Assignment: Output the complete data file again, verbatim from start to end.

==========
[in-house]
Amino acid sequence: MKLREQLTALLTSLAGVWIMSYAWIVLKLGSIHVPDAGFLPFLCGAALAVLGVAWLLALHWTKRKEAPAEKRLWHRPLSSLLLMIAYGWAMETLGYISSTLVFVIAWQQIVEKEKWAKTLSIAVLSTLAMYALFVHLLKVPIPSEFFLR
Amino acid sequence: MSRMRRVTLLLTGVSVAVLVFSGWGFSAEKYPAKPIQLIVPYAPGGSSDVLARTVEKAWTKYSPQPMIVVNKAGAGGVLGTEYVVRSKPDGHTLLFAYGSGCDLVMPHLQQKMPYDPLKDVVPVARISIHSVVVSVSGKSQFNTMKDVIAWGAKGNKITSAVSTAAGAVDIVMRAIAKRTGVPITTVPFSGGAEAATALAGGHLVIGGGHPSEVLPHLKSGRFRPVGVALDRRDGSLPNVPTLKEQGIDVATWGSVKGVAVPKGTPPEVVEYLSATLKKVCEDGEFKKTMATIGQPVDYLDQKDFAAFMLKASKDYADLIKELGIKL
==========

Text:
[in-house]
Amino acid sequence: MKLREQLTALLTSLAGVWIMSYAWIVLKLGSIHVPDAGFLPFLCGAALAVLGVAWLLALHWTKRKEAPAEKRLWHRPLSSLLLMIAYGWAMETLGYISSTLVFVIAWQQIVEKEKWAKTLSIAVLSTLAMYALFVHLLKVPIPSEFFLR
Amino acid sequence: MSRMRRVTLLLTGVSVAVLVFSGWGFSAEKYPAKPIQLIVPYAPGGSSDVLARTVEKAWTKYSPQPMIVVNKAGAGGVLGTEYVVRSKPDGHTLLFAYGSGCDLVMPHLQQKMPYDPLKDVVPVARISIHSVVVSVSGKSQFNTMKDVIAWGAKGNKITSAVSTAAGAVDIVMRAIAKRTGVPITTVPFSGGAEAATALAGGHLVIGGGHPSEVLPHLKSGRFRPVGVALDRRDGSLPNVPTLKEQGIDVATWGSVKGVAVPKGTPPEVVEYLSATLKKVCEDGEFKKTMATIGQPVDYLDQKDFAAFMLKASKDYADLIKELGIKL